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Old 05-29-2009, 04:41 PM   #31
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Romex as ground conductor?


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Originally Posted by KE2KB View Post
That price is for THHN, not bare copper.

I don't think I'm going to make my own braid using a lineman's plier. Twisting 50ft of wire that way would be nearly impossible, or take 1/2 a lifetime<g>

FW
Thats what a power drill is for... the ability to drill holes was an unexpected side effect

Three wires is actually pretty easy to grab in the chuck, but if you have trouble you can crimp them or braise them and then start twisting. Make sure the wires are very secure in the vice at the other end otherwise you will make a big mess. Also, cut the wires to length after they have been twisted, twisting them shortens the overall length quite a bit.
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Old 05-29-2009, 06:41 PM   #32
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Romex as ground conductor?


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Thats what a power drill is for... the ability to drill holes was an unexpected side effect

Three wires is actually pretty easy to grab in the chuck, but if you have trouble you can crimp them or braise them and then start twisting. Make sure the wires are very secure in the vice at the other end otherwise you will make a big mess. Also, cut the wires to length after they have been twisted, twisting them shortens the overall length quite a bit.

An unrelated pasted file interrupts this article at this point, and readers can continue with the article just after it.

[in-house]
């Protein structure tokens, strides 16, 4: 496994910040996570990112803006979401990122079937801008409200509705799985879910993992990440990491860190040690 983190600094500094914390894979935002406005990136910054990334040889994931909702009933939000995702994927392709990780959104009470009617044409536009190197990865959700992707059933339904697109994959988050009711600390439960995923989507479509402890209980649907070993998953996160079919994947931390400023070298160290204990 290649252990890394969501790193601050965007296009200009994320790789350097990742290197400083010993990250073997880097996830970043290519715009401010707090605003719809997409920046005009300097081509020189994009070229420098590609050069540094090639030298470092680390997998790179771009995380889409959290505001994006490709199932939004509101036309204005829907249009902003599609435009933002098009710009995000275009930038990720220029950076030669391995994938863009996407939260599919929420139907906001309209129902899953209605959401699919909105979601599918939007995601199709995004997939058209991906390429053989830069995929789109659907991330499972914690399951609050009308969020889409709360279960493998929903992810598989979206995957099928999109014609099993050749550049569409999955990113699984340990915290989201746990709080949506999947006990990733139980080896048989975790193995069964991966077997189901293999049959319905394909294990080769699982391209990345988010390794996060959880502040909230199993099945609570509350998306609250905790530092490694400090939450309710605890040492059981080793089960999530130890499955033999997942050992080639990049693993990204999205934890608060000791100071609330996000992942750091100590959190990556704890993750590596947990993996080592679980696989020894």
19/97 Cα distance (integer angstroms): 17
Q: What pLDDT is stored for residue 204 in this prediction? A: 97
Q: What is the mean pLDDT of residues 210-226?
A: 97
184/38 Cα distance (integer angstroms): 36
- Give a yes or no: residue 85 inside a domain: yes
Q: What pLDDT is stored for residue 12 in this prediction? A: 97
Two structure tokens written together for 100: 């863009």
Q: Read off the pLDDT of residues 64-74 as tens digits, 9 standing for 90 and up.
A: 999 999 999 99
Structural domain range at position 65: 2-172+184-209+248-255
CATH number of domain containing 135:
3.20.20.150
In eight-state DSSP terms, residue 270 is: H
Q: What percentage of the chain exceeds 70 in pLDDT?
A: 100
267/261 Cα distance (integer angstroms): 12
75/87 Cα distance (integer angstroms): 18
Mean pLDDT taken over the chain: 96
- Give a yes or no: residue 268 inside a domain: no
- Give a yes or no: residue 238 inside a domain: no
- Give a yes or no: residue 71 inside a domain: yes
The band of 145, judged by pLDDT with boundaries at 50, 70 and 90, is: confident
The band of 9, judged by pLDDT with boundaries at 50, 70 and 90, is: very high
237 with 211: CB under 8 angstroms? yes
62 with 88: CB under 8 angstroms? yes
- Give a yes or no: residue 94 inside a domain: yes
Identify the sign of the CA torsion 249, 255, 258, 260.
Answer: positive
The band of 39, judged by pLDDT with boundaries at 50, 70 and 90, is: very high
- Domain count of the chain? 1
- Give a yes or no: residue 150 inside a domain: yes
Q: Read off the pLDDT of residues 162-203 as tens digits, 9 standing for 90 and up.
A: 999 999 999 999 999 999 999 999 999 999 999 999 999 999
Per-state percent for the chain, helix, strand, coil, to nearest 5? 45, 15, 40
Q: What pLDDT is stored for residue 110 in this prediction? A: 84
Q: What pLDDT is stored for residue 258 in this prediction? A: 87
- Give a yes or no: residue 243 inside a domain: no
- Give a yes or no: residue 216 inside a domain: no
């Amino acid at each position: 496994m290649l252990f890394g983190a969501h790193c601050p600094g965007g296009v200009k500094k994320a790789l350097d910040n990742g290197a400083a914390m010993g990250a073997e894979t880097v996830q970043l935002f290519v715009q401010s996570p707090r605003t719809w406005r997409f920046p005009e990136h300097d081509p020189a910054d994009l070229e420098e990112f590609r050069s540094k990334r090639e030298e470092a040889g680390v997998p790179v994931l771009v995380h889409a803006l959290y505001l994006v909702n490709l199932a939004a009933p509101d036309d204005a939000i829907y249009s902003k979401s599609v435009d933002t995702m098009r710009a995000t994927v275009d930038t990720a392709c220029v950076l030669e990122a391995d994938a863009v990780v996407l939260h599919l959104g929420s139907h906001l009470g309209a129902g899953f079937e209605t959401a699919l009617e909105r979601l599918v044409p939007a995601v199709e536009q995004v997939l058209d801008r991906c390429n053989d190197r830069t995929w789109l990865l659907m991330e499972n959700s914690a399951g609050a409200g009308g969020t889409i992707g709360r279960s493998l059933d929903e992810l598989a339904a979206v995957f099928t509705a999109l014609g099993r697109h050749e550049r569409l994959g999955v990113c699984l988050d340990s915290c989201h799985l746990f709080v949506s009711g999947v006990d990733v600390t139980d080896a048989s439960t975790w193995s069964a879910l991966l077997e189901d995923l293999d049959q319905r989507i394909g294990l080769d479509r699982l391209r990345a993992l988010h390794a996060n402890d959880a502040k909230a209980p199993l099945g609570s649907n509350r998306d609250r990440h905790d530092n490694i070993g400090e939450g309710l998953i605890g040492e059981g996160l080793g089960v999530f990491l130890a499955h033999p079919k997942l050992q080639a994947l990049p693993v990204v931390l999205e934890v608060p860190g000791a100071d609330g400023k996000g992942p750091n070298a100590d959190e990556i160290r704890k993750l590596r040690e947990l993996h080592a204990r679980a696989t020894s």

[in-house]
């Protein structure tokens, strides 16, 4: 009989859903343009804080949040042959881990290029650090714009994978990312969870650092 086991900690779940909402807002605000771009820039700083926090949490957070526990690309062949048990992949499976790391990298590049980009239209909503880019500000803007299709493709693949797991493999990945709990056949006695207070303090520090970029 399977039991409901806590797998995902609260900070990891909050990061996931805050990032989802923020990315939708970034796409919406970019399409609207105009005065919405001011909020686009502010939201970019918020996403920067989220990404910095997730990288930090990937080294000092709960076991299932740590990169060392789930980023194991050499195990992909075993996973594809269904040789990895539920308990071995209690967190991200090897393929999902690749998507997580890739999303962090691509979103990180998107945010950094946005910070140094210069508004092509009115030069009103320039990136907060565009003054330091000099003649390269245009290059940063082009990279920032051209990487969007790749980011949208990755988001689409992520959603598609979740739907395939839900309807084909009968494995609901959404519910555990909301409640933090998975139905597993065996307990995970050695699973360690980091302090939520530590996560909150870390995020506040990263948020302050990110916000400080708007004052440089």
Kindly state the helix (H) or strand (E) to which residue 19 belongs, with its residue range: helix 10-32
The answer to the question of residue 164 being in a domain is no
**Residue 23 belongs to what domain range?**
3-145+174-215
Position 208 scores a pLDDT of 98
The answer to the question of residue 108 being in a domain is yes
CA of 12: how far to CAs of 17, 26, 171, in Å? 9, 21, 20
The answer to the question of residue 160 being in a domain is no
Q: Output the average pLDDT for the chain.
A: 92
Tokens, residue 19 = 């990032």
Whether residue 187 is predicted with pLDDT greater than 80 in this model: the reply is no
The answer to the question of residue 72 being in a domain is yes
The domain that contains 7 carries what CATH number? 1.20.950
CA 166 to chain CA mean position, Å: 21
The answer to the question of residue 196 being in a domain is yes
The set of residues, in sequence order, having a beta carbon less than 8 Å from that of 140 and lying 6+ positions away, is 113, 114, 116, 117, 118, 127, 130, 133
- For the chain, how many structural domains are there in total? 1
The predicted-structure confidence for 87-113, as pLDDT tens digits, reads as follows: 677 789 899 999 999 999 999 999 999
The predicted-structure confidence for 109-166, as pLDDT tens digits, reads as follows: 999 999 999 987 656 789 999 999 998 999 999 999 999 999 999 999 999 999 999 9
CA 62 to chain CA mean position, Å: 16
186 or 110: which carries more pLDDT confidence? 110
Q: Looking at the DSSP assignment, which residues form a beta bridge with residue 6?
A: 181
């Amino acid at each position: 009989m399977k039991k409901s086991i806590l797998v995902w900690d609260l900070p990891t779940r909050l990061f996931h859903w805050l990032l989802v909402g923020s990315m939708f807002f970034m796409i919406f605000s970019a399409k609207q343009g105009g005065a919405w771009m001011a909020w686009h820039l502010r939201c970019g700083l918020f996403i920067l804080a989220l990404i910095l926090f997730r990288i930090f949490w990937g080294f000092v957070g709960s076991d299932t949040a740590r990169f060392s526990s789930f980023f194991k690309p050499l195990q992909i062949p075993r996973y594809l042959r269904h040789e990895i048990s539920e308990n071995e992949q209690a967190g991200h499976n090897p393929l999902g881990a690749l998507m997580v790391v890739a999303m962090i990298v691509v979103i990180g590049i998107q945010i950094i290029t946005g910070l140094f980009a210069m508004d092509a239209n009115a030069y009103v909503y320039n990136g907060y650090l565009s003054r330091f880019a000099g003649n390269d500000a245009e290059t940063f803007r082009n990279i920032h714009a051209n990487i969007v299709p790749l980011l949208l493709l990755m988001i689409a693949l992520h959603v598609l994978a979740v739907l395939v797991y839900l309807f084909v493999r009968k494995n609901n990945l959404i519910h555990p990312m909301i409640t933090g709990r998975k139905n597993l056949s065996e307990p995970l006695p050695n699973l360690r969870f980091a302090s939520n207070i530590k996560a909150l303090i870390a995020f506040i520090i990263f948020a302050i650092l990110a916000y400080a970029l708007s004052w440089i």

I have done it in the drill. I was trying to be funny about trying to do it with the Kleins.
I don't have a vise, but I have used various objects to hold the far end.
If you get two people with drills, you can do the job in 1/2 the time. Just make sure both drills are turning in the same direction<g>

FW
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Old 05-29-2009, 06:44 PM   #33
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Romex as ground conductor?


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Actually, it can. And the maximum amount of current that can be dissipated by a ground rod can be safely transmitted over #6 wire.

That is why the Code never requires anything larger than a #6 when connecting your main service to driven ground rod (or "made electrodes").
If I install a second ground rod, does that mean I need to change the ground conductor from the SE to the rod system to a larger one?